Reasons Why Dogs Roll in Grass

Dogs genuinely appreciate grass, especially when it comes to rolling in it.
While it might seem like just another random canine behavior, a dog’s direction to roll in the grass likely has some natural sources behind it.

The same goes for their tendency toward foul-smelling grass, which, although gross to humans, is fun to your pup.
So what’s your dog’s attachment to rolling in the grass?

Here’s what to know.

Why Do Dog Rolls in Grass?

We could spend a long time examining why dogs do what they do.

But when it arrives in rolling in the grass, we have a good idea about why it occurs and what your puppy is trying to achieve.

The first motivation: they’re trying to hide their scent. The grass is wrapped in smells from humans, other pets, and the surrounding environment.

Rolling around in the hay is a way to hone those scents into their fur, which, for a pup’s ancestors, was a great way to cover their natural scent and be more direct while hunting for prey.

Alternately, your canine could be rolling around in the grass in a shot to add their smell to the mix, just as they might do on a favored toy or a new bed.

This keeps the spot as theirs or means the next dog around that they were there.
Rolling in the grass also might sense good.

If your puppy is happy and comfortable as they move, there’s a good chance they appreciate the sensation and that there’s nothing tricky behind it.
In comprehending the logic behind why a dog rolls in the grass, it’s essential to recall just how sensitive the canine nose is.

While humans might only smell the grass, your dog sniffs smell and grass a whole menu of different things.

If they like what they’re picking up, they may want to rub it on, much as you might with a perfume sample at a department store.

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How to Control Dogs From Rolling in Grass

In most points, rolling in the grass is a benign behavior. But if you’re not willing to do it, for instance, if your dog tends to go for smelly grass and get that scent back into your home, you have some choices.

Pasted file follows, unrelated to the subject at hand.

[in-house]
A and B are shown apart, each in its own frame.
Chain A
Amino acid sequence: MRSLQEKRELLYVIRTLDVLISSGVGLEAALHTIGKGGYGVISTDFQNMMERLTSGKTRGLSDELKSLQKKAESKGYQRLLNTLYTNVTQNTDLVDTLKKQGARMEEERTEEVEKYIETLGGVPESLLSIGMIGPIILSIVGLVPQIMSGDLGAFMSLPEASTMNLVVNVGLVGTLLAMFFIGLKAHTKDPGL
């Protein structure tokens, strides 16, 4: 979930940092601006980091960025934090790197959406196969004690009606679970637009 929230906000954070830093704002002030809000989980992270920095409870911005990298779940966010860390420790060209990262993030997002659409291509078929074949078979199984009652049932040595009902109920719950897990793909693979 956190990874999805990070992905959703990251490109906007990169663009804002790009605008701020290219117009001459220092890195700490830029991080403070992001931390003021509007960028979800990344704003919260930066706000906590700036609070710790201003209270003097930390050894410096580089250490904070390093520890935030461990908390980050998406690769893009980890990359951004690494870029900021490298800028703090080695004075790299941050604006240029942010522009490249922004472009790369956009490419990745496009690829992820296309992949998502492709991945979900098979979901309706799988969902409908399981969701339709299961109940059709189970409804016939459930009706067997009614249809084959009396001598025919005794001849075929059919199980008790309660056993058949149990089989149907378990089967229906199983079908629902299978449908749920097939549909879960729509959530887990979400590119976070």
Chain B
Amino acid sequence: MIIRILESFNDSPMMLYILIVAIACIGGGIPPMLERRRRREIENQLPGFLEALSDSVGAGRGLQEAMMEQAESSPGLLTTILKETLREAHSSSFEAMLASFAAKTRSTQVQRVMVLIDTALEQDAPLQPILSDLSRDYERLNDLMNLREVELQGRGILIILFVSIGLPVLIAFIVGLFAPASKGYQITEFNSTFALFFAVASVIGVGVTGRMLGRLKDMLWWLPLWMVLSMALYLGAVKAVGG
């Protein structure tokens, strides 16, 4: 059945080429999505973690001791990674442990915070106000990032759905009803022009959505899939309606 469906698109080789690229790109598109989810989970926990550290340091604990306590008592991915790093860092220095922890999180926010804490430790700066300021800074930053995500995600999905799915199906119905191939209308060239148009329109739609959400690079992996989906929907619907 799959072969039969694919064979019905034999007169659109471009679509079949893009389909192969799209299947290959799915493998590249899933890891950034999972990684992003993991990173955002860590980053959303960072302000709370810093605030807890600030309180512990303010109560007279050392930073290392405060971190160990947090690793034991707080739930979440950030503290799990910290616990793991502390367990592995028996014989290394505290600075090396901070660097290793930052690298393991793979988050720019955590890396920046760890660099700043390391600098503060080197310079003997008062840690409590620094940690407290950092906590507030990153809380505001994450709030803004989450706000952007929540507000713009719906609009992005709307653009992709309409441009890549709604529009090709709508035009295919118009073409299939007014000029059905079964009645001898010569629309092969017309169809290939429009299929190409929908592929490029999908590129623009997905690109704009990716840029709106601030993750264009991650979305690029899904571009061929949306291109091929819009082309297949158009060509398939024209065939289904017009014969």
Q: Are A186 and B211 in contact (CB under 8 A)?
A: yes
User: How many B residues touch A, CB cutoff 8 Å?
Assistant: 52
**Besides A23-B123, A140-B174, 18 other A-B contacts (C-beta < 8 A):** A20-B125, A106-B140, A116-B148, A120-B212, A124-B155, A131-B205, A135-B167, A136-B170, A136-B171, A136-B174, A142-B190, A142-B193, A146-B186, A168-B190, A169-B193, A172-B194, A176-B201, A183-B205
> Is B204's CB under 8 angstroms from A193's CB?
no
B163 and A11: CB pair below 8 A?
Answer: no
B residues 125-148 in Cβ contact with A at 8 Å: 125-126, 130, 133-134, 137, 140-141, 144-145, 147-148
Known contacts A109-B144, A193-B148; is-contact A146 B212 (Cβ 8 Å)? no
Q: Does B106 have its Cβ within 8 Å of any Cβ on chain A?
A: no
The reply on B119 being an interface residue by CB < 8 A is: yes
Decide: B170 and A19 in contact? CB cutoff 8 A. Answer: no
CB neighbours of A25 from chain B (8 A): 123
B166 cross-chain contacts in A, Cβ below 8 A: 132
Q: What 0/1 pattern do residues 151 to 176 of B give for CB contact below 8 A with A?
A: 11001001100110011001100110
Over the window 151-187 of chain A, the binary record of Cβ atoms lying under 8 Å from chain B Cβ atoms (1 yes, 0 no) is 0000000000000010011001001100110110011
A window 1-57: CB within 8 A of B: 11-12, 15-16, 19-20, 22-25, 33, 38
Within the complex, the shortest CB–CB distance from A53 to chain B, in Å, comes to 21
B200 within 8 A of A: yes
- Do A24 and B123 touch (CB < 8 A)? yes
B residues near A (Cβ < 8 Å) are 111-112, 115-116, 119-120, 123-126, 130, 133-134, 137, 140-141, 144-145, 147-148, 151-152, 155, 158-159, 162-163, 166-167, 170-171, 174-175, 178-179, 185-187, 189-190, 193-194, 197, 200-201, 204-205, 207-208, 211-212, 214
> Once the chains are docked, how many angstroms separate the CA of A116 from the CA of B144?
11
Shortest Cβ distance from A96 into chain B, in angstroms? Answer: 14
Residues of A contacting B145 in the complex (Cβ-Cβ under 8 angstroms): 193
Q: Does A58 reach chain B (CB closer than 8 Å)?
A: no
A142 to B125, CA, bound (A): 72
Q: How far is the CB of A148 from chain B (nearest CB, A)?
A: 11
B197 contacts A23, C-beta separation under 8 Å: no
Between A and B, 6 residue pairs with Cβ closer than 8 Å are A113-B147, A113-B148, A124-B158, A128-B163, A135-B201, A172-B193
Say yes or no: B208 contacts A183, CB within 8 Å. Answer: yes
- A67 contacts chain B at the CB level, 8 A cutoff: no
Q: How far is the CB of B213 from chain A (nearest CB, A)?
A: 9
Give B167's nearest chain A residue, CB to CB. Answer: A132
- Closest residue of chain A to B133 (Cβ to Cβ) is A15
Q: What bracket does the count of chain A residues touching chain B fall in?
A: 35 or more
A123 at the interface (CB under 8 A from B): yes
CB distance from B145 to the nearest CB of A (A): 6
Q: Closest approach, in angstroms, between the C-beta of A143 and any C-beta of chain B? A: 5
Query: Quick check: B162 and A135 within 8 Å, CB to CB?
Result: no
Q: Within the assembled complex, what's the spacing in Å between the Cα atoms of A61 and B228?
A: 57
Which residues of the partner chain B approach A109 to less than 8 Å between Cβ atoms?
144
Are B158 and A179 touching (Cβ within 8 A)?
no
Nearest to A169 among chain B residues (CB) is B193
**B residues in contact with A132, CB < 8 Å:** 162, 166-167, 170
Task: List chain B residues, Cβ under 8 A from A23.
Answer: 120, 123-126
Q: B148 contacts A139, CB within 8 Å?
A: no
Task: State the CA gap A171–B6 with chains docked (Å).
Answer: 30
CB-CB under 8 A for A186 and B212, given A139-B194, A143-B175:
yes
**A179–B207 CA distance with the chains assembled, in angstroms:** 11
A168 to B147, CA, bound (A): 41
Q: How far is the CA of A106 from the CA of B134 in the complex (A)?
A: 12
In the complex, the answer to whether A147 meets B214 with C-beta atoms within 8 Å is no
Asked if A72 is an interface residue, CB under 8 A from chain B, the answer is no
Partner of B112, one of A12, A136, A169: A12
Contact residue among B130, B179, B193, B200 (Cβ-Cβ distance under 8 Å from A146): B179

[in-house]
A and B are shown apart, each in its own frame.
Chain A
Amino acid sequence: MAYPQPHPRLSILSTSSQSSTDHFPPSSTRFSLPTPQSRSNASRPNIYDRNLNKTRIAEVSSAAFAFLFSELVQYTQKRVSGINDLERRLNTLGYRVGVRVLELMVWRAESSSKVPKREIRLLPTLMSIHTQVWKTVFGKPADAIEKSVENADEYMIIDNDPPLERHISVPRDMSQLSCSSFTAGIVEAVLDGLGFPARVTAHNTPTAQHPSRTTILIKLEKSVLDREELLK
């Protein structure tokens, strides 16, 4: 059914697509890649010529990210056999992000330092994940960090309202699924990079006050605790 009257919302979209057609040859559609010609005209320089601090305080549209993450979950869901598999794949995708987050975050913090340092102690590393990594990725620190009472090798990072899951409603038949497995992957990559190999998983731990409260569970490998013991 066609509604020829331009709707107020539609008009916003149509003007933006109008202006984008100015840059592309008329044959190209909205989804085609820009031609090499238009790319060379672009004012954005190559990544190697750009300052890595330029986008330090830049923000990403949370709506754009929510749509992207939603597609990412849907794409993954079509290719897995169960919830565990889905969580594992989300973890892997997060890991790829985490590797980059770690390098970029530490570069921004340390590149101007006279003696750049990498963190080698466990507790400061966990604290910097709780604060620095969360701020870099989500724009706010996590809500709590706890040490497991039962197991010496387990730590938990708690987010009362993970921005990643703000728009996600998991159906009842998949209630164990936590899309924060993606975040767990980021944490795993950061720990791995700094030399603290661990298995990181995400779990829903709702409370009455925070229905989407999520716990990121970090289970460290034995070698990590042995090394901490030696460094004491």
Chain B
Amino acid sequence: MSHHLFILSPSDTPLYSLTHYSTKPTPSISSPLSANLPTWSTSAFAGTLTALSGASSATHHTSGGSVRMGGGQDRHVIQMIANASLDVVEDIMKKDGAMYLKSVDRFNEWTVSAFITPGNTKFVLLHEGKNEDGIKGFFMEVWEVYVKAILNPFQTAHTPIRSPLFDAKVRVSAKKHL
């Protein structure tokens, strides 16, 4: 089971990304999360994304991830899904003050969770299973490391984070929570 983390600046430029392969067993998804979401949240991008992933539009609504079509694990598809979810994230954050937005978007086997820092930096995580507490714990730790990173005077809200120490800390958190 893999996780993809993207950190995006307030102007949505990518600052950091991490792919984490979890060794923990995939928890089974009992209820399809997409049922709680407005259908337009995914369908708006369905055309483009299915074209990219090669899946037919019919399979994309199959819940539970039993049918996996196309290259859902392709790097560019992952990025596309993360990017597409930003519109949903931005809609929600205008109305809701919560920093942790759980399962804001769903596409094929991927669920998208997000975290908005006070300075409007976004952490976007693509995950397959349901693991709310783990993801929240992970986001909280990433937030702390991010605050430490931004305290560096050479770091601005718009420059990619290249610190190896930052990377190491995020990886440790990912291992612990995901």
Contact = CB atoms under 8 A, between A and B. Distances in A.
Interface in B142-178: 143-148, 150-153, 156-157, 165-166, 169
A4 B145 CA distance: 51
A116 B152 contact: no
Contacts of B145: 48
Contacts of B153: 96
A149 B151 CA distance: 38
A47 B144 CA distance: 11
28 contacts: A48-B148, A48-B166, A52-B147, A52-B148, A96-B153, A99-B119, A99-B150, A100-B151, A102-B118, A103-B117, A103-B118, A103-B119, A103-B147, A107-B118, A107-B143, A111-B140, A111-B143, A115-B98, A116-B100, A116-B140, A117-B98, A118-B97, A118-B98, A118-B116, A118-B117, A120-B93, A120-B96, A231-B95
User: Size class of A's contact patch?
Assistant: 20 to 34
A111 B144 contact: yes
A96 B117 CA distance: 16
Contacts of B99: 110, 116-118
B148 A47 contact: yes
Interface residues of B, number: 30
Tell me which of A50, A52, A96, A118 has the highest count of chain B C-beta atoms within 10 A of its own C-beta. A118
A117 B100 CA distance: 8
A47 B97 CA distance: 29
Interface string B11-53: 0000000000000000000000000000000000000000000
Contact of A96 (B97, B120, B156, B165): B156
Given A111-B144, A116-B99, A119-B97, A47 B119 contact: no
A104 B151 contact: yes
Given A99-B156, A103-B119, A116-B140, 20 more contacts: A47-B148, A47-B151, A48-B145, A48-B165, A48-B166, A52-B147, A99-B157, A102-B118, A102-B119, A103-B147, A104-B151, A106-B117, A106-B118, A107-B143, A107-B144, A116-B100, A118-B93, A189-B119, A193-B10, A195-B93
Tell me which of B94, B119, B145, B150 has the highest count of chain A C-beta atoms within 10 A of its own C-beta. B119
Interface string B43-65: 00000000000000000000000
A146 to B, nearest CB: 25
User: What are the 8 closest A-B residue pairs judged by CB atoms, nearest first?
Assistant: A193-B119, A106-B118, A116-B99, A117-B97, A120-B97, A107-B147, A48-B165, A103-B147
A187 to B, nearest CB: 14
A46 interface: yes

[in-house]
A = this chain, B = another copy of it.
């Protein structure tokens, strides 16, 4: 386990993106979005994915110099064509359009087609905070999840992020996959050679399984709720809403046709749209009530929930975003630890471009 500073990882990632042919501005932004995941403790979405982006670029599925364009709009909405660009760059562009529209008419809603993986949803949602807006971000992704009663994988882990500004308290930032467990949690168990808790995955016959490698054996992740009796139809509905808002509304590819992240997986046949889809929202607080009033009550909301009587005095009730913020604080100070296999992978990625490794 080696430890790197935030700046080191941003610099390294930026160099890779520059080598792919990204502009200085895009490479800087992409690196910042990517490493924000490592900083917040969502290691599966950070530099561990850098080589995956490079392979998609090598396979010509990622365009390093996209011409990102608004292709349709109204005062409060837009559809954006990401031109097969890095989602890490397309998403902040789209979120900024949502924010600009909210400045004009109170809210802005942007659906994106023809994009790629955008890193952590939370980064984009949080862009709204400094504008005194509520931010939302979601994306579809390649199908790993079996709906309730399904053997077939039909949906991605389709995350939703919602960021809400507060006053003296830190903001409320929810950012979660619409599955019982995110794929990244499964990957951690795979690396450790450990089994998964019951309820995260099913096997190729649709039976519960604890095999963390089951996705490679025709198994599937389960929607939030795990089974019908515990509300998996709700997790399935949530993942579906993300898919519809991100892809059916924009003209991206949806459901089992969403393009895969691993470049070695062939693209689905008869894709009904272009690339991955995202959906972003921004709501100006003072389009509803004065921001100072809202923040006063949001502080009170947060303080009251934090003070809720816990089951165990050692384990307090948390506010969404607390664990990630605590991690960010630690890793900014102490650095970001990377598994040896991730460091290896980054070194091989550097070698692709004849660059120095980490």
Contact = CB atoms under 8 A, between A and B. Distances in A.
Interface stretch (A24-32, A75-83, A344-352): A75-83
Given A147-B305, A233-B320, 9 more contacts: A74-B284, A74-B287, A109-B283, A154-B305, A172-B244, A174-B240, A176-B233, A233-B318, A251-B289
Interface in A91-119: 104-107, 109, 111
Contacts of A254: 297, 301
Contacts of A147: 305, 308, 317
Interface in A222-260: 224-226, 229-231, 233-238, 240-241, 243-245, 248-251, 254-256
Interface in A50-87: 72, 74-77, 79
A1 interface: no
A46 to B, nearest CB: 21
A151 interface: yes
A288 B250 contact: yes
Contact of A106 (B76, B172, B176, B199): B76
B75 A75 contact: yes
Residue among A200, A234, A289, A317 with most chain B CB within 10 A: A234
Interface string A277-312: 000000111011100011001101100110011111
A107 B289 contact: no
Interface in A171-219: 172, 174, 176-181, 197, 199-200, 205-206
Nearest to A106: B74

Make Sure It’s Not Allergies

There’s a possibility that your dog is rolling in the grass to scrape an allergy-related itch, such as one corresponding to their food or the environment. 

If that’s the point, you’ll enjoy taking stages to address the allergies and relieve any skin irritation, which should take care of the rolling.

To better know if this is what you’re selling, look for other signs of allergies, such as redness or irritation on the skin, licking at the claws, chewing at areas of skin, thin-haired regions, sneezing, or itchy and irritated ears.

You’ll likely also notice that they’re rubbing on other scratchy surfaces, such as carpets or furniture. If so, make an appointment with your vet so you can seek out proper treatment.

Do Some Basic Training

Positive reinforcement training can go a long way toward assisting your dog to kick their grass-rolling habit.

When your dog begins to roll, turn their attention and behavior and reward them as soon as they arrest, such as a treat or praise.

This is much more effective in the long term than simply telling them to cut it out since it helps them learn what behavior you expect from them.

If you’re struggling to train your dog to stop rolling in the grass on your own, work with a certified trainer to figure out your best next steps.

Rolling in the grass is normal behavior for dogs, and as long as they’re not picking up unsavory scents in the process of rolling to relieve irritated skin, then it’s not necessarily problematic.

It’s likely entirely pleasant for your canine chum and something that allows them to tap into their inner ancestral spirit.
If your dog appears to have an obsession with rolling in the grass and you want to tweak the behavior in the bud, work on your own or with a trainer and use positive reinforcement to redirect their attention.

Over time, they should learn to enjoy the grass and its smells without needing to cover themselves.

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